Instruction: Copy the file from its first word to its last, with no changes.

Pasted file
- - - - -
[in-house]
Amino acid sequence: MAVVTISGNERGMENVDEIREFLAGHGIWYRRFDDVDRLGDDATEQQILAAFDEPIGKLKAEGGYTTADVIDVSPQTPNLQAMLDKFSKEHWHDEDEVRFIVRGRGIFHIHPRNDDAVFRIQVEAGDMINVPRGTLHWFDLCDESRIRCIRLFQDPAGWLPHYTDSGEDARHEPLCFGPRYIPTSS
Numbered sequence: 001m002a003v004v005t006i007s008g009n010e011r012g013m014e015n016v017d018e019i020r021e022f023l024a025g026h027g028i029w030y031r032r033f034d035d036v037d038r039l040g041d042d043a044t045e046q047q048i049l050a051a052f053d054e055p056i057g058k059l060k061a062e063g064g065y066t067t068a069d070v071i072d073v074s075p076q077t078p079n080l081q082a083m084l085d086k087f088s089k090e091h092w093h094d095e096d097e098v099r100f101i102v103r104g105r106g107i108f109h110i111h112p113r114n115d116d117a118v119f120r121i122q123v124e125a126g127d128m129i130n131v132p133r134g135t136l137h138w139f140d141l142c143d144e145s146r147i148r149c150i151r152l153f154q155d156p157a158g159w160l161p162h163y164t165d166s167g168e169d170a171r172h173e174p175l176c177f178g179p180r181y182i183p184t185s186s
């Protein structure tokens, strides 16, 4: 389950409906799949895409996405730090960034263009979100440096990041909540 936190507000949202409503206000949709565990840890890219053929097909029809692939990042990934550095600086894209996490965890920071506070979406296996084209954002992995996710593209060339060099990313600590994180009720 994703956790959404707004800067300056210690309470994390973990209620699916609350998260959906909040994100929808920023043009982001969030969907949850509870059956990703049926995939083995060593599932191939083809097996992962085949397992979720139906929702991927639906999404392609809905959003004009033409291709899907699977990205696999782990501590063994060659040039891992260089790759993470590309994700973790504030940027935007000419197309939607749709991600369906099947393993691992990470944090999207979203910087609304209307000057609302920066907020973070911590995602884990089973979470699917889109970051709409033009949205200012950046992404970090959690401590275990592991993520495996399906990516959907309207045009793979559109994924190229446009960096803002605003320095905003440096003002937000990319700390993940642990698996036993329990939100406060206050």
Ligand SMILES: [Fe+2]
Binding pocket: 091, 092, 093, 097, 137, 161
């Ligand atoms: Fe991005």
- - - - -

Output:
[in-house]
Amino acid sequence: MAVVTISGNERGMENVDEIREFLAGHGIWYRRFDDVDRLGDDATEQQILAAFDEPIGKLKAEGGYTTADVIDVSPQTPNLQAMLDKFSKEHWHDEDEVRFIVRGRGIFHIHPRNDDAVFRIQVEAGDMINVPRGTLHWFDLCDESRIRCIRLFQDPAGWLPHYTDSGEDARHEPLCFGPRYIPTSS
Numbered sequence: 001m002a003v004v005t006i007s008g009n010e011r012g013m014e015n016v017d018e019i020r021e022f023l024a025g026h027g028i029w030y031r032r033f034d035d036v037d038r039l040g041d042d043a044t045e046q047q048i049l050a051a052f053d054e055p056i057g058k059l060k061a062e063g064g065y066t067t068a069d070v071i072d073v074s075p076q077t078p079n080l081q082a083m084l085d086k087f088s089k090e091h092w093h094d095e096d097e098v099r100f101i102v103r104g105r106g107i108f109h110i111h112p113r114n115d116d117a118v119f120r121i122q123v124e125a126g127d128m129i130n131v132p133r134g135t136l137h138w139f140d141l142c143d144e145s146r147i148r149c150i151r152l153f154q155d156p157a158g159w160l161p162h163y164t165d166s167g168e169d170a171r172h173e174p175l176c177f178g179p180r181y182i183p184t185s186s
């Protein structure tokens, strides 16, 4: 389950409906799949895409996405730090960034263009979100440096990041909540 936190507000949202409503206000949709565990840890890219053929097909029809692939990042990934550095600086894209996490965890920071506070979406296996084209954002992995996710593209060339060099990313600590994180009720 994703956790959404707004800067300056210690309470994390973990209620699916609350998260959906909040994100929808920023043009982001969030969907949850509870059956990703049926995939083995060593599932191939083809097996992962085949397992979720139906929702991927639906999404392609809905959003004009033409291709899907699977990205696999782990501590063994060659040039891992260089790759993470590309994700973790504030940027935007000419197309939607749709991600369906099947393993691992990470944090999207979203910087609304209307000057609302920066907020973070911590995602884990089973979470699917889109970051709409033009949205200012950046992404970090959690401590275990592991993520495996399906990516959907309207045009793979559109994924190229446009960096803002605003320095905003440096003002937000990319700390993940642990698996036993329990939100406060206050």
Ligand SMILES: [Fe+2]
Binding pocket: 091, 092, 093, 097, 137, 161
């Ligand atoms: Fe991005």